While physical distance to a qualified medical center can be a significant obstacle for patients seeking surgical care, the financial burden of the surgery and its collateral services is often a bigger challenge. The possibility of catastrophic health expenditure, defined as a situation where a patient needs to forfeit money for basic needs in order to cover medical costs, deters patients from seeking essential surgical services when needed (29). Given the majority of LMICs work on a pay-for-service system, incurring high out-of-pocket costs, catastrophic health expenditure poses a significant risk, especially for those who live in or on the cusp of poverty. For example, in Madagascar, 75% of its population lives under the threshold of poverty, defined as living with less than 1.90 dollars (USD) per day (30). In this system, where patients are expected to provide the material resources for their surgery and hospital stay, undergoing a surgical procedure can become a huge financial burden where patients are obliged to borrow from their families or seek donations. As a result, 62% of the population in Madagascar are at risk of catastrophic expenditure for seeking surgical services (31).
Innovations aiming to reduce health system expenses and patient impoverishment are essential to building a functional surgical ecosystem. While NGOs are crucial in alleviating the burden of surgical disease worldwide with their free surgical services, grassroots financial solutions are required to ensure the system is financially sustainable in the long run. In the era of digitalization, mobile payment services have become an attractive solution to banking issues. The complexity of creating bank accounts, along with the 2% annual growth of mobile phone usage, especially in LMICs, represent a suitable combination for exploring virtual funds for surgical services payment (32). For instance, a project in Kenya found the use of financial transactions on mobile phones allowed people living in remote areas to participate in their National Hospital Insurance Fund, simultaneously saving time and money on transport (33).
Furthermore, researchers have looked at the potential use of cryptocurrencies and blockchain technology as platforms to not only securely fund surgical ecosystems, but also to create more innovation opportunities in health data management (34). While this principle holds potential, its adoption by the users can be more complex. Facebook’s Libra is an example of a cryptocurrency which failed in LMICs, including huge actors like India, despite the widespread use of this social media platform (35). However, as new systems take time to be accepted within a community, there is hope that such a system will eventually be efficient within low-resource settings and empower more individuals to seek and access essential SOA services.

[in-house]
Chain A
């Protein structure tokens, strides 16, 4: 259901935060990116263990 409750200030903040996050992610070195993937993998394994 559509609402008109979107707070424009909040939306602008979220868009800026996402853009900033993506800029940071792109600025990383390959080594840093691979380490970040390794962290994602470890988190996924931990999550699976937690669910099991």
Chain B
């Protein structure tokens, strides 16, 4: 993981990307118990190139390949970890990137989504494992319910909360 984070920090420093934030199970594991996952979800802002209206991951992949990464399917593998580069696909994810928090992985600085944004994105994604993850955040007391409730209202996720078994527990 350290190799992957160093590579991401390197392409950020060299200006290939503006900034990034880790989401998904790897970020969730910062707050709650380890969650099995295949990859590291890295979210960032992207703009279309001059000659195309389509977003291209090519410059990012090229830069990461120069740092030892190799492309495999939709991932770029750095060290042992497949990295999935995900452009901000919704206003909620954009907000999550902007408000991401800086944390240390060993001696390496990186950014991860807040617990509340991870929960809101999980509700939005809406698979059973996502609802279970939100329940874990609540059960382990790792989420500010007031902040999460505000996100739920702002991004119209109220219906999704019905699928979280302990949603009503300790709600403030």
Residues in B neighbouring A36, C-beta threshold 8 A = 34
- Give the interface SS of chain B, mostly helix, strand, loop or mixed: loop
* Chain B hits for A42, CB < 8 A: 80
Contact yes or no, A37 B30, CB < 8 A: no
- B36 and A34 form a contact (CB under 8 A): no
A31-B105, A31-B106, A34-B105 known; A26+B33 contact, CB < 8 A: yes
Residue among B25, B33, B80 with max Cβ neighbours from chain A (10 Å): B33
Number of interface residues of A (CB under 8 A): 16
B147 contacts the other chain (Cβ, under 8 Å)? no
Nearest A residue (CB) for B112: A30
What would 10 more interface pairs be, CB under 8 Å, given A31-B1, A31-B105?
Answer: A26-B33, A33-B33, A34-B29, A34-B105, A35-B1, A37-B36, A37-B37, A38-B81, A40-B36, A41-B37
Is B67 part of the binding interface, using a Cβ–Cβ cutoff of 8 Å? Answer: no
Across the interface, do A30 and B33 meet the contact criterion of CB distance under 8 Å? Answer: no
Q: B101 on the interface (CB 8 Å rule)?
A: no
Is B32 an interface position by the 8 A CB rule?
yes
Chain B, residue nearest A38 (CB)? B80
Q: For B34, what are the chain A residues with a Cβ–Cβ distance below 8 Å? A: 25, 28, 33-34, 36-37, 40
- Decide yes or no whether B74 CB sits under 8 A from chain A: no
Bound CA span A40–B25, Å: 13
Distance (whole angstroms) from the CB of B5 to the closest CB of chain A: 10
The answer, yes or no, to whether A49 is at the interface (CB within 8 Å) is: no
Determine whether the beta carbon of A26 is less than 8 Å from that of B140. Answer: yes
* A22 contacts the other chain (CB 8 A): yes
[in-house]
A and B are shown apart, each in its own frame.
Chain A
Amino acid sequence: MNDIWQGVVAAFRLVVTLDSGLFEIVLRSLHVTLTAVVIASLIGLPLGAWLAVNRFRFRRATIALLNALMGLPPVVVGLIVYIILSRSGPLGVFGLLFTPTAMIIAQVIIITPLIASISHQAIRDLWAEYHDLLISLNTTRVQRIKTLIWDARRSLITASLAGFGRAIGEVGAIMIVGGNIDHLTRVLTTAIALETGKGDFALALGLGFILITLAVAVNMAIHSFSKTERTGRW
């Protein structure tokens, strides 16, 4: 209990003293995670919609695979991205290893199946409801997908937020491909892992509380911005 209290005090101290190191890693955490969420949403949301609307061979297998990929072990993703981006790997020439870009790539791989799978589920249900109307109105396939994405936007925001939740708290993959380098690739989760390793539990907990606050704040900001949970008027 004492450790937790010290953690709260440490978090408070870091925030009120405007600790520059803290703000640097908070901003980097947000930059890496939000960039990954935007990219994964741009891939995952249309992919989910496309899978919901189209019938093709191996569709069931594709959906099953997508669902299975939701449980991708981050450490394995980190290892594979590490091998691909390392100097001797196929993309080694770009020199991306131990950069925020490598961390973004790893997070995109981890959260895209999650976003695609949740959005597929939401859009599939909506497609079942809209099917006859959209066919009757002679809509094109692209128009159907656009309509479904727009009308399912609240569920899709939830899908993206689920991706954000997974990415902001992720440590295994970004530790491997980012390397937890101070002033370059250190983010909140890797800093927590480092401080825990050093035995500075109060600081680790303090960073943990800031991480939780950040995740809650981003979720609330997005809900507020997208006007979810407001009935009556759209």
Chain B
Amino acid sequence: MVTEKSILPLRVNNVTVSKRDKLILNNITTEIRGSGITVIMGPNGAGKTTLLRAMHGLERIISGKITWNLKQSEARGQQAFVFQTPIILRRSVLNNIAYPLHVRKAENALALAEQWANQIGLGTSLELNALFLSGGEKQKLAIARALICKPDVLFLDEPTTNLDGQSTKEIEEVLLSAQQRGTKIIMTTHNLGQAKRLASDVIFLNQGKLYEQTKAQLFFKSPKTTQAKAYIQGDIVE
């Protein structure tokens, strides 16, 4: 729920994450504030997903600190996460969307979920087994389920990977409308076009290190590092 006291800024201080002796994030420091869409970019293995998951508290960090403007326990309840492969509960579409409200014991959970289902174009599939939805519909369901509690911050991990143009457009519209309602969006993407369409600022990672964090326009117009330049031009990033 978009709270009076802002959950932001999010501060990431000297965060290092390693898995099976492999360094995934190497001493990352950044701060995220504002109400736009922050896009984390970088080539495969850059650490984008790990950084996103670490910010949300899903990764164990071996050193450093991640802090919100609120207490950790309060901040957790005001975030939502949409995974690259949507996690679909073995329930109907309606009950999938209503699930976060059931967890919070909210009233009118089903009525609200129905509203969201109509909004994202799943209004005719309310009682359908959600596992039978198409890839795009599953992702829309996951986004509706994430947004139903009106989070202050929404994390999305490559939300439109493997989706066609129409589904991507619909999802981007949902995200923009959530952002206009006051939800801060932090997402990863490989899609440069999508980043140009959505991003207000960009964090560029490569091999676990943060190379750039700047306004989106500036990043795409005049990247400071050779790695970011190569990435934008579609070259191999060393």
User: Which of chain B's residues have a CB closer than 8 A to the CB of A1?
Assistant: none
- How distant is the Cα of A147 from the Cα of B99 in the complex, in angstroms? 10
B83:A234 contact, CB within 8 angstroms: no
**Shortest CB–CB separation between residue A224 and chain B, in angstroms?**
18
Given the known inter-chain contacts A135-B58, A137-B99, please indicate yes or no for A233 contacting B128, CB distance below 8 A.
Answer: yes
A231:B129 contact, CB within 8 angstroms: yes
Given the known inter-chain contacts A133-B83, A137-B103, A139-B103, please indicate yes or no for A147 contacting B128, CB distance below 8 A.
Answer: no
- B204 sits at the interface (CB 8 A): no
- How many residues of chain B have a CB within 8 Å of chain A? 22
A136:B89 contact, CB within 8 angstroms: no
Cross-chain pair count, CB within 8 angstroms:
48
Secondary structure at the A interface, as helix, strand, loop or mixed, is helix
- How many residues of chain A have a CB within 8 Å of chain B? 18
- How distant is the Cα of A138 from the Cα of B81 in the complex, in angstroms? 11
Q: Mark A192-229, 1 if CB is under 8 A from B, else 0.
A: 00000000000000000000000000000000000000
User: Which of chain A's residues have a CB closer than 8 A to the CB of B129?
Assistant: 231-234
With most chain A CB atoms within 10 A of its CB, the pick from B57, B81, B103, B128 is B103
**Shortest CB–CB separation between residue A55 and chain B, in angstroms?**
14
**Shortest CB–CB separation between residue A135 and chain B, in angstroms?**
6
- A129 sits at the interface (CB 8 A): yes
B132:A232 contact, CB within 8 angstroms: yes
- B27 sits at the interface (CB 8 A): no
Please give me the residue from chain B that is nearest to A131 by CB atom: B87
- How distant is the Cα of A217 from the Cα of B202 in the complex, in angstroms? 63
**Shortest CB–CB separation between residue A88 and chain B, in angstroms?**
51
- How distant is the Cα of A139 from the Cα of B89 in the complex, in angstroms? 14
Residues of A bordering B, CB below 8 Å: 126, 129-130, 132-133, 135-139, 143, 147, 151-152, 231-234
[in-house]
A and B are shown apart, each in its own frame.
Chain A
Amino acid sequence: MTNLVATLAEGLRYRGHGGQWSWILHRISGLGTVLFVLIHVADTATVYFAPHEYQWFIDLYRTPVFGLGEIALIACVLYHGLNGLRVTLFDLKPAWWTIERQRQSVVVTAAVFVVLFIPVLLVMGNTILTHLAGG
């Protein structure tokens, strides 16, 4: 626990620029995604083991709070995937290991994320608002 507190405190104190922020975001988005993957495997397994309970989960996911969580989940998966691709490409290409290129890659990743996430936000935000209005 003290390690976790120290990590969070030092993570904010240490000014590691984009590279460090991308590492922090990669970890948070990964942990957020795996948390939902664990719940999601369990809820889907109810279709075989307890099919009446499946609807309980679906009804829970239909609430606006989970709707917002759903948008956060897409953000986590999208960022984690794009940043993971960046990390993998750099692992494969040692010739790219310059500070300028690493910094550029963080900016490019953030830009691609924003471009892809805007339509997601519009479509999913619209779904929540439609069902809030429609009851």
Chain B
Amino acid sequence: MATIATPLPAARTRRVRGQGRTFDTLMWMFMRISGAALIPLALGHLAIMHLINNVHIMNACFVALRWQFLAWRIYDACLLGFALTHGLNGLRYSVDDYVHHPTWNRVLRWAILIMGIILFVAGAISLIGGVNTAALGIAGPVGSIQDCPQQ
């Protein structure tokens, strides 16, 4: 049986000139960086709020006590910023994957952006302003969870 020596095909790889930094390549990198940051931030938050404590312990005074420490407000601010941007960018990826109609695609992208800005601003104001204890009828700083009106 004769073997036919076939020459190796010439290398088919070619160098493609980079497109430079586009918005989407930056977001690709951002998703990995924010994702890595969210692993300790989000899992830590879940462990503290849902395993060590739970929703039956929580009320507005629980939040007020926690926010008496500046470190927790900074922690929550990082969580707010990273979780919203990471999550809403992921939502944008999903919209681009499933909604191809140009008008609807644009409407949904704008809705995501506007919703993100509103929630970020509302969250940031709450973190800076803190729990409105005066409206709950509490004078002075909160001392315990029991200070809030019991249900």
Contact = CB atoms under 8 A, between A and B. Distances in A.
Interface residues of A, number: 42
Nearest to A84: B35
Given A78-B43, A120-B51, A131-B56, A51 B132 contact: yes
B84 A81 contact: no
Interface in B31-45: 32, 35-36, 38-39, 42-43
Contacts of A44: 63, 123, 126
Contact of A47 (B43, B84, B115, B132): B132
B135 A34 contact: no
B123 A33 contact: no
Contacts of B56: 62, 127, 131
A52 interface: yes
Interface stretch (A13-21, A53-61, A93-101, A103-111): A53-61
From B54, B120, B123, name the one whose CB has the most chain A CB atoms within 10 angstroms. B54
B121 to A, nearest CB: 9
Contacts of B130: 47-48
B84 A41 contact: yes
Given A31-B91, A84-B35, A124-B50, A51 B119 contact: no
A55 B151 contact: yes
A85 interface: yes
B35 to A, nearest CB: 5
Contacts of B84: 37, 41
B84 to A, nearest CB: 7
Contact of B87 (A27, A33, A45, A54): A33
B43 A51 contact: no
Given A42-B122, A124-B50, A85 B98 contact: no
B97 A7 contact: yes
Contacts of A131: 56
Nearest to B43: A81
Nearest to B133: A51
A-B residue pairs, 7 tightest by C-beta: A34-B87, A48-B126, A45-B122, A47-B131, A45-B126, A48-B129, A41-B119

Finally, leveraging the use of online fundraising platforms, like GoFundMe on an individual basis or Watsi on a global scale, to pay for one’s surgery has been a financial lifesaver for many, even in HICs. Since the inception of the internet, crowdfunding has emerged as an online tool for patients seeking financial assistance for medical and surgical expenses (36,37). In the United States, Cohen et al. have demonstrated a significant database of cancer patients seeking aid through GoFundMe (38). Patients appear to seek money in order to cover the costs of both direct, medical and indirect, non-medical expenses alike (38). Notably, surgery represented a costly proportion of both past and future unmet financial obligations for US cancer patients (38). Further work has revealed that online requests for financial aid may extend to experimental and “scientifically unsupported” treatment regimens as well (39,40). With the ever-rising costs of medical care and limited insurance availability in some healthcare systems, crowdfunding may provide a lens into national health disparities, including but not limited to, surgical care (41).
Innovation in advocacy
Globalization, with the help of the world wide web, has helped international exchanges and brought awareness of the lack of surgical services across the globe. As advocacy is most efficient with larger networks, the most notable awareness campaigns have often been led by large, internationally-recognized organizations like the WHO, World Bank, and G4 Alliance. In recent years, global surgery has found a formal place within the WHO’s structure, with much of the activity happening under their Global Initiative for Emergency and Essential Surgical Care (GIEESC) (42). Within this designated space, GIEESC advocacy anchors on surgery as an essential component of achieving UHC. This project has also catalyzed surgical subspecialty groups to catapult their own advocacy efforts, such as the creation of a liaison committee to the WHO by the World Federation of Neurosurgical Societies (43,44).
Since the expansion of social media platforms, a new form of advocacy was born: advocating for global surgery on Facebook, Twitter and Instagram opened opportunities for both highly respected experts and the general public to voice their ideas. Social media has served as an equalizer, as high-level advocacy can now be carried out by anyone with access to the internet with no time or space boundaries. For example, the International Student Surgical Network (InciSioN), the world’s largest trainee-led global surgery organization, uses Twitter as their main platform for online campaigns for international events, including Global Surgery Day, Maternal Health Day and World Anesthesia day (45). The use of hashtags like #GlobalSurgery on these platforms have allowed new trends and communities to emerge, offering networking opportunities to like-minded individuals (46). Furthermore, it may be valuable to consider innovation opportunities in the context of recent times, as seminars, networking events, and high-level policy meetings that were previously held in-person, are carried out virtually. Transitioning to a virtual work environment may increase opportunities for global interconnectedness and LMIC participation in crafting both advocacy and research initiatives alike.
Innovation in research and partnerships